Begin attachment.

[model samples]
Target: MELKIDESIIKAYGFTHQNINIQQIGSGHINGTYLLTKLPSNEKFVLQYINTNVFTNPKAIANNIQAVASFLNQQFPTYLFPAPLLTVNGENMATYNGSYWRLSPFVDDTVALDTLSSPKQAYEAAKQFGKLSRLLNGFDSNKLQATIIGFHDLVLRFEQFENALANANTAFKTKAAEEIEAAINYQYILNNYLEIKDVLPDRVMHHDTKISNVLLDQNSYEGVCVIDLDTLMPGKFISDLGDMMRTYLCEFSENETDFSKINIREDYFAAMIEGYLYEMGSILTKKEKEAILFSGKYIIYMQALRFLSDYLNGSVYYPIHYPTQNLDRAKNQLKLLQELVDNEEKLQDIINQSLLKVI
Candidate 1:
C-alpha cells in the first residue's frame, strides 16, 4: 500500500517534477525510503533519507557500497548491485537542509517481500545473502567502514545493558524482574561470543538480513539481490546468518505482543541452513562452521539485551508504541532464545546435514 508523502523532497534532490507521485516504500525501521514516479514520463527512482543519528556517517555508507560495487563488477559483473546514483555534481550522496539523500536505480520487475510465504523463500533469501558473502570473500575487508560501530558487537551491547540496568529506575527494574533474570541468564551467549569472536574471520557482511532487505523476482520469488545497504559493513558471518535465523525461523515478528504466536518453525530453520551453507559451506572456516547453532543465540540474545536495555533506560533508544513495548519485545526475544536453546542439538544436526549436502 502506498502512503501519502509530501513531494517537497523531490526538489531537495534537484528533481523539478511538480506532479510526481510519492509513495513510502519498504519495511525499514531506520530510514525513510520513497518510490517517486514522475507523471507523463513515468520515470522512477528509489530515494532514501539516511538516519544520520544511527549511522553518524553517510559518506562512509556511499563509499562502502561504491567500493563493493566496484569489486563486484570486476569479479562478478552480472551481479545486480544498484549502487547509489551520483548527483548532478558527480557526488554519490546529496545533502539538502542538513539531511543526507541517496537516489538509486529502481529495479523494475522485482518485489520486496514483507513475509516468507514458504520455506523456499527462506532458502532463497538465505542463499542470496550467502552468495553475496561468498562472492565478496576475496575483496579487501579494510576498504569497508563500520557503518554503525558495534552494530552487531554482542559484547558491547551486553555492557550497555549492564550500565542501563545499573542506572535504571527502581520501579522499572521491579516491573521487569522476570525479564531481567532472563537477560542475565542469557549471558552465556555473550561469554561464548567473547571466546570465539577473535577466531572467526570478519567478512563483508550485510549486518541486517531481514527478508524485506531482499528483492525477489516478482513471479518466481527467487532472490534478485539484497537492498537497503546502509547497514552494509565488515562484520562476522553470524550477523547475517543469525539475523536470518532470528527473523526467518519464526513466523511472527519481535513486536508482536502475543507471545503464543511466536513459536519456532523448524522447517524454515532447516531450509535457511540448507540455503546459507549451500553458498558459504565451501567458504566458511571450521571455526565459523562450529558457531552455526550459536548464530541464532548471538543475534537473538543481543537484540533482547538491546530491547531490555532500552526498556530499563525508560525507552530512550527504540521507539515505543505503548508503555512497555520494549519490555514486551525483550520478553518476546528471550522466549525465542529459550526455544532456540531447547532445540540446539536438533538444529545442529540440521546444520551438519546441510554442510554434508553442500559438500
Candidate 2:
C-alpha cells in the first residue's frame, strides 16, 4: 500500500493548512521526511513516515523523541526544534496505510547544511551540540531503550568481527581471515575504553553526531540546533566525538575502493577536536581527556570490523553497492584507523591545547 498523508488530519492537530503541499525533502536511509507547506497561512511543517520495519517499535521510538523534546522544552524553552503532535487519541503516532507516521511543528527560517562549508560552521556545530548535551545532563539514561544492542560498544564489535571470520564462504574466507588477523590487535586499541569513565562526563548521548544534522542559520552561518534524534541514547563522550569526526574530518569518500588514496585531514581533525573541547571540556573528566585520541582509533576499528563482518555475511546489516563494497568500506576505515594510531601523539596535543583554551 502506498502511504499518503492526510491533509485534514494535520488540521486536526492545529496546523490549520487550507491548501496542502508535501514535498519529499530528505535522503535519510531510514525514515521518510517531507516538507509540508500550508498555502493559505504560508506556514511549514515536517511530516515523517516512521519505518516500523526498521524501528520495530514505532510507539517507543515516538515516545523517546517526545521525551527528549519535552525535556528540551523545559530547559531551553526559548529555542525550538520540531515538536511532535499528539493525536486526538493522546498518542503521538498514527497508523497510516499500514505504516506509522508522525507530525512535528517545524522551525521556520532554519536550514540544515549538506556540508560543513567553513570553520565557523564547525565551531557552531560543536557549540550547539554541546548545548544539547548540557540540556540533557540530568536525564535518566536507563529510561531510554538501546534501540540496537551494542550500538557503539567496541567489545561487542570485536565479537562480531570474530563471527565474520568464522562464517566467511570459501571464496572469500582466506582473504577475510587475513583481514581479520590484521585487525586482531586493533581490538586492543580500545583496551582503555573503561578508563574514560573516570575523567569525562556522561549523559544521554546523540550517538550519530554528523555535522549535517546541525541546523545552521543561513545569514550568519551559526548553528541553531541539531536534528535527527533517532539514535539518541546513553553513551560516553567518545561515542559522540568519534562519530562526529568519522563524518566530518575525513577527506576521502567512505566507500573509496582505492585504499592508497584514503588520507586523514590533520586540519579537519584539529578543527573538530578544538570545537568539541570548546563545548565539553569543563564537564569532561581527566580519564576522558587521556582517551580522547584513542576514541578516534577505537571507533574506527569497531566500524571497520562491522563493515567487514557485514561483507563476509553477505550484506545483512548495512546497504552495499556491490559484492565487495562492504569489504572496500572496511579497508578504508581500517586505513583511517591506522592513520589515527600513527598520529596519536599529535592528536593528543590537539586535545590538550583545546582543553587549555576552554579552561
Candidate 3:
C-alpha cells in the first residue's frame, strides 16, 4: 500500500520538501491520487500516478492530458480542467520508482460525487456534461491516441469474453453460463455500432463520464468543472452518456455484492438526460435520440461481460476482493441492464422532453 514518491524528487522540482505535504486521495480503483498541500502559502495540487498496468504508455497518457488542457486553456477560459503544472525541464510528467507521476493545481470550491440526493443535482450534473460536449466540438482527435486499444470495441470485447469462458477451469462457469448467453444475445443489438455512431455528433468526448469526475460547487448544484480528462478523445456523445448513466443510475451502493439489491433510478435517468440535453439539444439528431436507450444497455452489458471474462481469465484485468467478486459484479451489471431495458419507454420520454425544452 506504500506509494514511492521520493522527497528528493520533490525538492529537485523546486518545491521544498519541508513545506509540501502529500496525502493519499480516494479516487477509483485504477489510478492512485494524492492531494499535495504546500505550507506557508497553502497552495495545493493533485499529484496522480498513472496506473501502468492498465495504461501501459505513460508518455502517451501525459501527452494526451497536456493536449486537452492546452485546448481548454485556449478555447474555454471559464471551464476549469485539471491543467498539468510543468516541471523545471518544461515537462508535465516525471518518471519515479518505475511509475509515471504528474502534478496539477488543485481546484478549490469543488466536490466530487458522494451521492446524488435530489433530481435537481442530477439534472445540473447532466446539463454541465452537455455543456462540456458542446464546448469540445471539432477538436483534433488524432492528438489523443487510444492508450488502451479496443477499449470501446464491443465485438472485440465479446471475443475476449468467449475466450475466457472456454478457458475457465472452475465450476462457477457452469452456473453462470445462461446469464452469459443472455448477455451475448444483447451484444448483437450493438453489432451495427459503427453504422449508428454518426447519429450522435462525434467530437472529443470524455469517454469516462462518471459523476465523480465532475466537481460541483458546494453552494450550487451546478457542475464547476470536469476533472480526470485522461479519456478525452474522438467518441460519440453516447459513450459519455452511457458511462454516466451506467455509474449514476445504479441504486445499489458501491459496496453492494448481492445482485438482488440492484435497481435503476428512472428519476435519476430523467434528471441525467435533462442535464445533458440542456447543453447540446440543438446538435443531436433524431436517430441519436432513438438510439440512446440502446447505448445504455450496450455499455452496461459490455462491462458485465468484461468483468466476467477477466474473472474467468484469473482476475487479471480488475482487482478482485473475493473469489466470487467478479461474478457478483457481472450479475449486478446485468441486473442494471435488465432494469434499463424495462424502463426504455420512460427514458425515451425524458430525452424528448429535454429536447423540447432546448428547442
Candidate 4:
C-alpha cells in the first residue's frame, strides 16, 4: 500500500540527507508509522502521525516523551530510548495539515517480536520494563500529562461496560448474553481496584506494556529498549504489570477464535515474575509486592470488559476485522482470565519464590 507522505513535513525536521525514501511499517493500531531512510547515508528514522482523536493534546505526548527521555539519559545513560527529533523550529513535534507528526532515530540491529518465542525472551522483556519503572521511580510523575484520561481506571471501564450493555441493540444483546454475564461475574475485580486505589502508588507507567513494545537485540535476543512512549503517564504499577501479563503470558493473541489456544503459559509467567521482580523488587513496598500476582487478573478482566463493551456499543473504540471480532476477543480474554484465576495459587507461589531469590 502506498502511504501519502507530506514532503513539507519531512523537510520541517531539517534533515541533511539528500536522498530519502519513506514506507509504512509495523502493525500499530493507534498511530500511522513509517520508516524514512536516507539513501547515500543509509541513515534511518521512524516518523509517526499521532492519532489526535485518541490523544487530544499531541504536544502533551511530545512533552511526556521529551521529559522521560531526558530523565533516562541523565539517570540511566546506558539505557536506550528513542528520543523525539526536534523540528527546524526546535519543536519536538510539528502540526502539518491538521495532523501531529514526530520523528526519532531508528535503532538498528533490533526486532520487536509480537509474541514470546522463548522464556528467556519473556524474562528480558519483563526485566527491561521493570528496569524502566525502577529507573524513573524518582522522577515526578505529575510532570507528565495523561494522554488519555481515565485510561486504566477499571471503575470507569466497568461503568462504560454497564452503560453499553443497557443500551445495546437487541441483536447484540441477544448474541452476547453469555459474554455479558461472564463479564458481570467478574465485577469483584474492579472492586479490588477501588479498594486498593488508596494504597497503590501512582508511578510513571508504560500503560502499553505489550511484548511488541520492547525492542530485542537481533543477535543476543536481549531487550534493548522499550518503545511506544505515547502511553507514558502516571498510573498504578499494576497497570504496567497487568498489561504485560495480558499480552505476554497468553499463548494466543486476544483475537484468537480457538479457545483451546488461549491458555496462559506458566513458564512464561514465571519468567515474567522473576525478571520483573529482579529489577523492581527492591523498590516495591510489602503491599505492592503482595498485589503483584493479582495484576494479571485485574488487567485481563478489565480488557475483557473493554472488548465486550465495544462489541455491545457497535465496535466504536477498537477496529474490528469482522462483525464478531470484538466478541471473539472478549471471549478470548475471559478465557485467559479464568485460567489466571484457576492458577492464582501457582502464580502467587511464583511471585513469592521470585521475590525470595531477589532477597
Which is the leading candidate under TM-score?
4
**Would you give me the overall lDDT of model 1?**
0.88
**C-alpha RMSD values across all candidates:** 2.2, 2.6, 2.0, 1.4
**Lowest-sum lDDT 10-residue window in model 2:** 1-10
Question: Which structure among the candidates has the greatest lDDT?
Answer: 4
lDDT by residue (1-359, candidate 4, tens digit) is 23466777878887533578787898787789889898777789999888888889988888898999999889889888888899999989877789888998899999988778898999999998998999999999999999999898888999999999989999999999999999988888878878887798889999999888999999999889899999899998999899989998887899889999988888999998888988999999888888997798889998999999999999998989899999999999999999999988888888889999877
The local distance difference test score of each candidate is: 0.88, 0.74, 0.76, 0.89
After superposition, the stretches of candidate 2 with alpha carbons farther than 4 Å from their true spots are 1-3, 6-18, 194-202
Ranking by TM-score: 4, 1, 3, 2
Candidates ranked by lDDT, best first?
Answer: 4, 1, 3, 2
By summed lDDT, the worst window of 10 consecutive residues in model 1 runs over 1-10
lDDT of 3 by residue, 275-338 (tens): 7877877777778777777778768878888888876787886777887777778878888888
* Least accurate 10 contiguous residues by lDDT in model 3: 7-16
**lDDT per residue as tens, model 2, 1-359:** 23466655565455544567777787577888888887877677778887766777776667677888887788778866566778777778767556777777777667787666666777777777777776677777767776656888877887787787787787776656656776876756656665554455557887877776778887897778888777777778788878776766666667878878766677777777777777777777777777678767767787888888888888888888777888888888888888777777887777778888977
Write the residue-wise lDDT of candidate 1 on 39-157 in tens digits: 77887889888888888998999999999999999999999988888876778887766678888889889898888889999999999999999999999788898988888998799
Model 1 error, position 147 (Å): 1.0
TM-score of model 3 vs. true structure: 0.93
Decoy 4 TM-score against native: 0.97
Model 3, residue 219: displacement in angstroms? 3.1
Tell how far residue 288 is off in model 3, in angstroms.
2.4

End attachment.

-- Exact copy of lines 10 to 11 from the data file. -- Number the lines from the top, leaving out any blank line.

C-alpha cells in the first residue's frame, strides 16, 4: 500500500540527507508509522502521525516523551530510548495539515517480536520494563500529562461496560448474553481496584506494556529498549504489570477464535515474575509486592470488559476485522482470565519464590 507522505513535513525536521525514501511499517493500531531512510547515508528514522482523536493534546505526548527521555539519559545513560527529533523550529513535534507528526532515530540491529518465542525472551522483556519503572521511580510523575484520561481506571471501564450493555441493540444483546454475564461475574475485580486505589502508588507507567513494545537485540535476543512512549503517564504499577501479563503470558493473541489456544503459559509467567521482580523488587513496598500476582487478573478482566463493551456499543473504540471480532476477543480474554484465576495459587507461589531469590 502506498502511504501519502507530506514532503513539507519531512523537510520541517531539517534533515541533511539528500536522498530519502519513506514506507509504512509495523502493525500499530493507534498511530500511522513509517520508516524514512536516507539513501547515500543509509541513515534511518521512524516518523509517526499521532492519532489526535485518541490523544487530544499531541504536544502533551511530545512533552511526556521529551521529559522521560531526558530523565533516562541523565539517570540511566546506558539505557536506550528513542528520543523525539526536534523540528527546524526546535519543536519536538510539528502540526502539518491538521495532523501531529514526530520523528526519532531508528535503532538498528533490533526486532520487536509480537509474541514470546522463548522464556528467556519473556524474562528480558519483563526485566527491561521493570528496569524502566525502577529507573524513573524518582522522577515526578505529575510532570507528565495523561494522554488519555481515565485510561486504566477499571471503575470507569466497568461503568462504560454497564452503560453499553443497557443500551445495546437487541441483536447484540441477544448474541452476547453469555459474554455479558461472564463479564458481570467478574465485577469483584474492579472492586479490588477501588479498594486498593488508596494504597497503590501512582508511578510513571508504560500503560502499553505489550511484548511488541520492547525492542530485542537481533543477535543476543536481549531487550534493548522499550518503545511506544505515547502511553507514558502516571498510573498504578499494576497497570504496567497487568498489561504485560495480558499480552505476554497468553499463548494466543486476544483475537484468537480457538479457545483451546488461549491458555496462559506458566513458564512464561514465571519468567515474567522473576525478571520483573529482579529489577523492581527492591523498590516495591510489602503491599505492592503482595498485589503483584493479582495484576494479571485485574488487567485481563478489565480488557475483557473493554472488548465486550465495544462489541455491545457497535465496535466504536477498537477496529474490528469482522462483525464478531470484538466478541471473539472478549471471549478470548475471559478465557485467559479464568485460567489466571484457576492458577492464582501457582502464580502467587511464583511471585513469592521470585521475590525470595531477589532477597
Which is the leading candidate under TM-score?